Playing out scenarios with your children will help them comprehend peer pressure’s meaning and real-world applications. You might conceive of several scenarios and ask your children to rehearse what they would do in those circumstances. Consider practicing what to do if a friend invites them to skip class or school. Ask them how they will react in a specific circumstance and what they will say to their friend. Children gain confidence in their ability to say “No” by rehearsing and role-playing. Also, teach them the importance of having a good peer group influence. 

4) Stay Connected With Positive Influences

kids playing together

Kids are not aware of the exact meaning of peer pressure. So, as parents, your aim should be to acknowledge kids about the negative and positive influences. Tell them that if they have a positive peer group influence it will help them to build strong social ties. A positive peer group is very important for children as it can help them to develop socially, emotionally, and academically. Children need to have positive peer groups as it can help them to develop good self-esteem, social skills, and communication abilities. Additionally, it can also help them to develop a positive attitude toward learning and develop a positive relationship with their teachers and other adults. 

5) Teach Them To Convey Their Emotions

father and son

Kids stumbling into the wrong peer group influence is very normal and natural. Perhaps it was a result of an impulsive choice or a desire to fit in with the broader group. Additionally, children may find it challenging to leave a situation once they are in it if they are afraid to speak their feelings out loud. Therefore, as parents, encourage your children to share. You should be a safe place where your children feel comfortable sharing anything without fear of judgment. Because talking about the matter can help to prevent more issues and dangers. To prevent your children from hiding anything when they want to escape a situation, constantly talk to them.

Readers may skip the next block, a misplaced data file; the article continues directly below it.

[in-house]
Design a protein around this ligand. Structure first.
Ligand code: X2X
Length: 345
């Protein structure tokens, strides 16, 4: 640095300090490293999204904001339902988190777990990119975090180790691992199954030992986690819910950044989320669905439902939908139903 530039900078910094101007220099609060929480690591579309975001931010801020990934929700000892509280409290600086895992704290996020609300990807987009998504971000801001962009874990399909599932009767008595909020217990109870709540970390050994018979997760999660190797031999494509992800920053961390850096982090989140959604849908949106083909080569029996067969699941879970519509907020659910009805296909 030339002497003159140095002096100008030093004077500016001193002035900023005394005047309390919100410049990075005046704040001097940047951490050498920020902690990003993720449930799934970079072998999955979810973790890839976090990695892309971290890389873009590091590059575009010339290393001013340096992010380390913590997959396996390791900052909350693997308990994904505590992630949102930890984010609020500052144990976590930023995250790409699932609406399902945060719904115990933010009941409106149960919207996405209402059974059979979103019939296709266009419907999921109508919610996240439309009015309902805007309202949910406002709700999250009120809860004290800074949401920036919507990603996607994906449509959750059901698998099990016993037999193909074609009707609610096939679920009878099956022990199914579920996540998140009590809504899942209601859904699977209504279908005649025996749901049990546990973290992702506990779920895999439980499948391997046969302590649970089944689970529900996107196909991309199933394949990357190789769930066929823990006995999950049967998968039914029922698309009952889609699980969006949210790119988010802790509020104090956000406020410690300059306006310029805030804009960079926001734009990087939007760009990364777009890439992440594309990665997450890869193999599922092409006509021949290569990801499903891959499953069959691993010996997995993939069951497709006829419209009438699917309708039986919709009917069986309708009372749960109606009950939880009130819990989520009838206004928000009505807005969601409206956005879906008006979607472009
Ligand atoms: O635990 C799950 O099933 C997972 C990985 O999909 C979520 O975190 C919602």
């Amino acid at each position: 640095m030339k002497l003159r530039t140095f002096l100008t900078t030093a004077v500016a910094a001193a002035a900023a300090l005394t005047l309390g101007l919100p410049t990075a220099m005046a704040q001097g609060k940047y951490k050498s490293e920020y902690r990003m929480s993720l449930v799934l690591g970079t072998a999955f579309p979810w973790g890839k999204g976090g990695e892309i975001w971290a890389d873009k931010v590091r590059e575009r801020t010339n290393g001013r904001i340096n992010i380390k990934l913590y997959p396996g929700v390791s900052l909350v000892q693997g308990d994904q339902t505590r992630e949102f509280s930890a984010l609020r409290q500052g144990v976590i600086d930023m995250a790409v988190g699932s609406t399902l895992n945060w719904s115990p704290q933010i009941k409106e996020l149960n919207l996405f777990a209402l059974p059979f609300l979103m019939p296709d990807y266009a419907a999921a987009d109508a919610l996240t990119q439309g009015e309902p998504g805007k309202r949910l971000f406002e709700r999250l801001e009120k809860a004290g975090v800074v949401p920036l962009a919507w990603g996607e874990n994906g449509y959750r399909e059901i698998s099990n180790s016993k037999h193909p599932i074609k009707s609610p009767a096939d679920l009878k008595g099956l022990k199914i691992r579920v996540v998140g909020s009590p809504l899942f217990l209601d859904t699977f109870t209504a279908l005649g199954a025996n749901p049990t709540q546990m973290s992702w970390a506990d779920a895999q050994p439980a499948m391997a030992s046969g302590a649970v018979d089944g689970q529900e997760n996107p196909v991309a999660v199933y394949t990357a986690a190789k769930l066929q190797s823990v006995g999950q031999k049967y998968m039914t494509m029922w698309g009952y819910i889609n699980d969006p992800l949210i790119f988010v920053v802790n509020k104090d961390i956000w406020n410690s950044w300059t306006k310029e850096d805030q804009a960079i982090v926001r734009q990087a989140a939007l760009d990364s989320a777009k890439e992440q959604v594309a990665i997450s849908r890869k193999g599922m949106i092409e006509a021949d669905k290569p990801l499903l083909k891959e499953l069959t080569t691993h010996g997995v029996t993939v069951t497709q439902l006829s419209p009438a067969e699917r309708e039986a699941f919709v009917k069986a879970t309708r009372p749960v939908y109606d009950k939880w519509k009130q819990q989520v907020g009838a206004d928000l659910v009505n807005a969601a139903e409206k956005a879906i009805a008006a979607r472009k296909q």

6) Teach Them To Find A Good Social Group

social social group

Finding good friends is one of the most important things a child can learn. Unfortunately, it can be difficult to teach children how to find good friends. However, there are a few tips you can follow to help your children find friends. One way to help your children find good friends is to involve them in extracurricular activities. This will give them opportunities to meet different people and make new friends. Additionally, you can encourage your children to participate in social events. This will allow them to meet new people and make connections. Furthermore, enroll kids in some skill-building extracurricular activities where they can meet like-minded friends. Kids who are only bounded by academics are more frustrated and get mixed with the negative peer group influence. 

7) Teach Kids To Stay Tough

A girl

Teach kids the meaning of peer pressure and about peer group influence. Tell them that it can be tough to stand up to peer pressure, but it’s important to remember that they don’t have to do everything that everyone else wants them to do. Furthermore, they can choose to do something important to them, even if it doesn’t conform to the crowd. They can also have the power to change the way others see them by being themselves. If they’re feeling overwhelmed by the pressure to conform, talk to a trusted adult about how to deal.

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Take Away 

Peer pressure is a real issue for kids and can be tough to deal with. Parents can help kids by providing a safe and supportive environment, setting boundaries, and providing guidance and advice. Here are some tips for parents. Make sure your home is a safe and supportive place for your kids. Establish rules and boundaries for behavior and set expectations for appropriate behavior. Talk to your kids about the meaning of peer pressure. Help your kids develop self-confidence. Encourage them to be themselves and to think for themselves.

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Nidhi Arora

Hi Friends! I am Nidhi Arora.
I am working as a content writer with PiggyRide. I graduated from Delhi University with a bachelor's degree in literature and am currently pursuing an MA in Literature. I am an enthusiastic reader and a dedicated writer.